It doesn’t matter what business you are in, but #$*(‘ing with your customers by releasing advisories and threatening them to buy your product or services is just plain dumb. For those that are following the TCP-split-handshake epic #fail saga, I have to say, the vulnerability itself is a clever hack. By using double-SYN’s or simultaneous connections (which is incredibly rare and non-existent on most modern networks), one can trick firewalls and IPS’ in not tracking state. This is reminiscent of the original classic Insertion, Evasion and Denial of Service that covered lots of grounds in the pitfalls of deconstructing application state in real-time completely based on the packets that are flowing through.
If you follow the Cisco Security blog link above, here’s a price quote:
The Cisco PSIRT has made the bugs that were filed for investigation public, and based on the lack of evidence has closed them effective today
I can say one thing, in my five years of building, deploying and observing the IDP product line (while I was at Juniper), I’ve never seen the TCP:AUDIT:S2C-SIMUL-SYN attack object referenced in the original paper that talks about the technique for evading firewalls. That doesn’t mean they don’t exist, but most modern applications have very clear client/server roles. In routing protocols where the peer precedence is discovered implicitly, it’s possible for simultaneous connects to happen, but seriously?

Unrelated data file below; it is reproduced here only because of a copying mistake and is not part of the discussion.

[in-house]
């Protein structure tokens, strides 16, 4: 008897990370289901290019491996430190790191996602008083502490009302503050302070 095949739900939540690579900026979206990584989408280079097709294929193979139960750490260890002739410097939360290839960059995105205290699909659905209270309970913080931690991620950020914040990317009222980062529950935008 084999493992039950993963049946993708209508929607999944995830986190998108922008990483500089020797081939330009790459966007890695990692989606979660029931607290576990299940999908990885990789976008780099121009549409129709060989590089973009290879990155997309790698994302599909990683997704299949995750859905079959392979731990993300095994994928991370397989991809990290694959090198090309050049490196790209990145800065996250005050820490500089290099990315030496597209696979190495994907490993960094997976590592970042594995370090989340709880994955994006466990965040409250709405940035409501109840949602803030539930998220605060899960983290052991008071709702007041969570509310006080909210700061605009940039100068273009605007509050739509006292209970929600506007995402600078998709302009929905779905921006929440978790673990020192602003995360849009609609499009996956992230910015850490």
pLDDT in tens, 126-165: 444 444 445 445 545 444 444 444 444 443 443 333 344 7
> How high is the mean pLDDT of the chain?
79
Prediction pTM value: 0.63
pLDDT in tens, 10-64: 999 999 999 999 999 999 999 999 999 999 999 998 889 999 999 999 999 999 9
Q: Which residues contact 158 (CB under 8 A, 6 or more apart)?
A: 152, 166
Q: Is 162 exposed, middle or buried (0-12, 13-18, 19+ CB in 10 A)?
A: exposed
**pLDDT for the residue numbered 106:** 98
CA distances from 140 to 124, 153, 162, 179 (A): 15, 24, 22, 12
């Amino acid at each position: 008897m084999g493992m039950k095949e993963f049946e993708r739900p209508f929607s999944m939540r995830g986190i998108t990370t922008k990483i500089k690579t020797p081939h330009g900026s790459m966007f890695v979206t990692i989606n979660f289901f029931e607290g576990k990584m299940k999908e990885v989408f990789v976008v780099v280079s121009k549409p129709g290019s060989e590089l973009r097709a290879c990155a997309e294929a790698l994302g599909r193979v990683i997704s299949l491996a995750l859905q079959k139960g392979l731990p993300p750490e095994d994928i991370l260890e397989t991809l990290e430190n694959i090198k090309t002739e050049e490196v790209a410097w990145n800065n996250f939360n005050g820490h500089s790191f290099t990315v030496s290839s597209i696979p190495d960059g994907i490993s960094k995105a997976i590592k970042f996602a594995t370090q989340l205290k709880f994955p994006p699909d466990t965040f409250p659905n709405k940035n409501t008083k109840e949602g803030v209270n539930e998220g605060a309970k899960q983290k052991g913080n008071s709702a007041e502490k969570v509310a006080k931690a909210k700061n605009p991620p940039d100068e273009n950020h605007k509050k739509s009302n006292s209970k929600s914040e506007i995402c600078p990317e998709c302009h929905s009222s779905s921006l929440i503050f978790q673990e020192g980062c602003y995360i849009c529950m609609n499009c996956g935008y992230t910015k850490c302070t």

While we empathize with all the vendors mentioned in the report, the fact that they don’t have any tools or evidence to reproduce the problem frankly sucks. To help with this, we’ve uploaded a pcap of this exploit [sic!] to pcapr.net. Simply use tcpreplay to play this packet capture through your product and verify yourself.
Kudos to Brian C. for modeling this traffic pattern with MuSL (Mu Scenario Language) and then generating the packets from it.
Download this pcap and use it as you please.